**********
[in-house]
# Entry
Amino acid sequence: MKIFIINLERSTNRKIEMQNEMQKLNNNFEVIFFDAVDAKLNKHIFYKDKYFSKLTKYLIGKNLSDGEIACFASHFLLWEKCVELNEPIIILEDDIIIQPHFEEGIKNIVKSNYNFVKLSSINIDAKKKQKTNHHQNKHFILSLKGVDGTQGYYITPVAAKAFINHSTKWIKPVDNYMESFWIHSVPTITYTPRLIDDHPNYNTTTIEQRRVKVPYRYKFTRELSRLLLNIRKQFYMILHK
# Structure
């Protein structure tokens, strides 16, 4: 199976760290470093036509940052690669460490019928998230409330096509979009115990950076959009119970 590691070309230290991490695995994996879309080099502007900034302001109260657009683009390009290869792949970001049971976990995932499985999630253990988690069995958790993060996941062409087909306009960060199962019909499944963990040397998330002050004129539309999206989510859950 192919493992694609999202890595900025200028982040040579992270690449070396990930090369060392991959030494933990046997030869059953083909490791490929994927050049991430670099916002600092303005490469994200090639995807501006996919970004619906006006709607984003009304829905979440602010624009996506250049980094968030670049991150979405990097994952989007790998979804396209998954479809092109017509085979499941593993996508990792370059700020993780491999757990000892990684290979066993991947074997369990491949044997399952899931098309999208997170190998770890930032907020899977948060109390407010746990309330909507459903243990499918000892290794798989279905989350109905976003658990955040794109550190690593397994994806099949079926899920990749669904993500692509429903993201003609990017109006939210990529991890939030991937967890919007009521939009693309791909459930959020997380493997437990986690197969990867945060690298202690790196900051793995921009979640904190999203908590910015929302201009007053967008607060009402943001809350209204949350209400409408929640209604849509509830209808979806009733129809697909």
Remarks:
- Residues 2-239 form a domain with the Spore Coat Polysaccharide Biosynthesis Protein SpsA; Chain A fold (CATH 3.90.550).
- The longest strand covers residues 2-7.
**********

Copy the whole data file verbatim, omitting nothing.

[in-house]
# Entry
Amino acid sequence: MKIFIINLERSTNRKIEMQNEMQKLNNNFEVIFFDAVDAKLNKHIFYKDKYFSKLTKYLIGKNLSDGEIACFASHFLLWEKCVELNEPIIILEDDIIIQPHFEEGIKNIVKSNYNFVKLSSINIDAKKKQKTNHHQNKHFILSLKGVDGTQGYYITPVAAKAFINHSTKWIKPVDNYMESFWIHSVPTITYTPRLIDDHPNYNTTTIEQRRVKVPYRYKFTRELSRLLLNIRKQFYMILHK
# Structure
């Protein structure tokens, strides 16, 4: 199976760290470093036509940052690669460490019928998230409330096509979009115990950076959009119970 590691070309230290991490695995994996879309080099502007900034302001109260657009683009390009290869792949970001049971976990995932499985999630253990988690069995958790993060996941062409087909306009960060199962019909499944963990040397998330002050004129539309999206989510859950 192919493992694609999202890595900025200028982040040579992270690449070396990930090369060392991959030494933990046997030869059953083909490791490929994927050049991430670099916002600092303005490469994200090639995807501006996919970004619906006006709607984003009304829905979440602010624009996506250049980094968030670049991150979405990097994952989007790998979804396209998954479809092109017509085979499941593993996508990792370059700020993780491999757990000892990684290979066993991947074997369990491949044997399952899931098309999208997170190998770890930032907020899977948060109390407010746990309330909507459903243990499918000892290794798989279905989350109905976003658990955040794109550190690593397994994806099949079926899920990749669904993500692509429903993201003609990017109006939210990529991890939030991937967890919007009521939009693309791909459930959020997380493997437990986690197969990867945060690298202690790196900051793995921009979640904190999203908590910015929302201009007053967008607060009402943001809350209204949350209400409408929640209604849509509830209808979806009733129809697909």
Remarks:
- Residues 2-239 form a domain with the Spore Coat Polysaccharide Biosynthesis Protein SpsA; Chain A fold (CATH 3.90.550).
- The longest strand covers residues 2-7.